New vehicle supply is facing further “headwinds”, despite healthy order banks ahead of the March plate change, says Cox Automotive.
It believes the automotive sector could be heading towards continuing rapid changing market dynamics, similar to 2021, due to global political events.
Philip Nothard, insight and strategy director at Cox Automotive, said despite the rapidly changing global political situation, there are reasons to be optimistic, with healthy order banks for March registrations, albeit for specific manufacturers and particular models.
This could create an imbalance of profile of part-exchanges and future used vehicles entering the parc, however. The hope for Cox Automotive is that March will generate some “much-needed” used vehicles for the wholesale and remarketing sector and dealers.
According to Nothard, reports imply manufacturers are operating a 'sold order only' process or deciding to prioritise the retail channel, in addition to either limiting supply or offering no response to when production will resume.
According to data from the Society of Motor Manufacturers and Traders (SMMT), 58,994 new cars were sold in the UK, an increase of 13.04% on the results from February 2021 – but still far off the pre-pandemic month performance of February 2020, where sales were 34.93% higher.
Cox Automotive published figures in the new edition of Autofocus, which represented Q1 2022 new car sales forecasts, giving best, mid, and worst-case scenarios. With the mid-case scenario looking to be the most likely, this result was close to the actual figures published by the SMMT, with a prediction of 56,256 new cars sold – representing a 4.6% difference on the actual statistics.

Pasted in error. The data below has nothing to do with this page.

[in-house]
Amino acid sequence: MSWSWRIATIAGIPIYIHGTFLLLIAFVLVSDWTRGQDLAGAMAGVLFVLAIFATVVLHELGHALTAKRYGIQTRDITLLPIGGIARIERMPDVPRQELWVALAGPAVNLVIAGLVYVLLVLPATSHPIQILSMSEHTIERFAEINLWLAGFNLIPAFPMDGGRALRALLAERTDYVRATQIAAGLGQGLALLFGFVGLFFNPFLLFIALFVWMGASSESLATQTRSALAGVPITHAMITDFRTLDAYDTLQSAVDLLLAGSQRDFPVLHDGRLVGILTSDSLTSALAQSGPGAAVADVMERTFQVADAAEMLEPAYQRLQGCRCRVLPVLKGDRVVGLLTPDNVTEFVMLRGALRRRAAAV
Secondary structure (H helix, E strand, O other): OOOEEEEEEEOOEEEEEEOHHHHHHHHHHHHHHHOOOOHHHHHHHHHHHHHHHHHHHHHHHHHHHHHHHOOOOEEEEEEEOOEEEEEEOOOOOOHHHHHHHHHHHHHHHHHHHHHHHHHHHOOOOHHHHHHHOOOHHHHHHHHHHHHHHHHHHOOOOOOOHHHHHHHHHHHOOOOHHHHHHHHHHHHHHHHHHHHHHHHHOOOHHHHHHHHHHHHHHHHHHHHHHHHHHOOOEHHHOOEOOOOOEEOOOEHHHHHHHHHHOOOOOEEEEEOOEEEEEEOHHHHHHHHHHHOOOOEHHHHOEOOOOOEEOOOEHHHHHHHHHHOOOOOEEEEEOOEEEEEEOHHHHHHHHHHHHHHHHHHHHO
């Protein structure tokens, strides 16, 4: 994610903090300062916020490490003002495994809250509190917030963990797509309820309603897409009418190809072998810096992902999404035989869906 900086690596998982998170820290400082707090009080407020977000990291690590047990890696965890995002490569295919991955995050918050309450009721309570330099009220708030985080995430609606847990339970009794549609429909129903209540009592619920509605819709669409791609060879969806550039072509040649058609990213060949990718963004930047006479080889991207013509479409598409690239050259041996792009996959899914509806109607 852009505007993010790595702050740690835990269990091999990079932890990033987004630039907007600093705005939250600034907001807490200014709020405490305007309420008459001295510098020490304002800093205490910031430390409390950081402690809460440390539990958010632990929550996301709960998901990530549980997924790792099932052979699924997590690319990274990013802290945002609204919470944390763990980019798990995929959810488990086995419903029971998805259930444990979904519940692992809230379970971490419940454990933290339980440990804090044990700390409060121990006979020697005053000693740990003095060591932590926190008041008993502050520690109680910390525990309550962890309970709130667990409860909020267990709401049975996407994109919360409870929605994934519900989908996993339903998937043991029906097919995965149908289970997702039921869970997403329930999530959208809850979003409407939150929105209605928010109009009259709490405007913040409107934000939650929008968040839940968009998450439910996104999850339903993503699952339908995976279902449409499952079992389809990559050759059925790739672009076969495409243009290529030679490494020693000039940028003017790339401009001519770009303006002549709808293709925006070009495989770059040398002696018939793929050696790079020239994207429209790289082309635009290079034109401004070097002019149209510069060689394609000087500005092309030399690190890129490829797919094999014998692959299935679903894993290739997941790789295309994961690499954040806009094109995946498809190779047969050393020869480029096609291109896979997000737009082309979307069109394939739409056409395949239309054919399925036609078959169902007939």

Nothard added: “With signs of a recovery in motion and with March 2022 seeing the release of the new ’22 registration, we’re optimistic to see a better March new car plate change month than the previous two years.
“Our mid-case scenario for the month will see around 330,645 new registrations. At the moment, the SMMT has recorded 174,081 new registrations over January and February, so I will be hoping to see around 332,723 registrations in March to reach even the mid-case scenario expected results. However, the situation in Eastern Europe could change the fortunes of the industry on its head once again.”
In the used market, February’s wholesale key indicators continued to display signs of a stable market created by the ongoing imbalance between supply and demand, which has existed since the summer of 2020.
Manheim lanes last month experienced three key indicator increases. This was seen in the average first-time conversion, which increased by 0.74% to 84.40% month-on-month. In addition, the average age of cars sold also slightly increased by 1.2% to 102.1 months, and the average mileage of cars sold increased by 396 miles to 70,558 miles.
Despite three key indicators experiencing month-on-month increases, used car values fell slightly, with the average sale price decreasing by 2.32% or £187, to £7,866. CAP Clean values also experienced a marginal month-on-month fall of 0.22%, to 98.04%.
Nothard said: “It’s increasingly likely that we will see a continuation of many of the market dynamics we saw in 2021. However, although there are signs of new vehicle supply returning, it is currently very dependent on those manufacturers who have managed to secure the necessary materials to build vehicles and therefore keep production lines running. And even then, those manufacturers can only fulfil quotas on select models and derivatives.
“While manufacturers are slowly getting to grips with their production issues, and the situation will improve as the year progresses, this will be a prolonged and gradual process. As a result, we will not see a flood of stock enter the market, but rather a gradual increase as the backlog of orders for new vehicles gets cleared, in turn generating much needed stock for the used market.”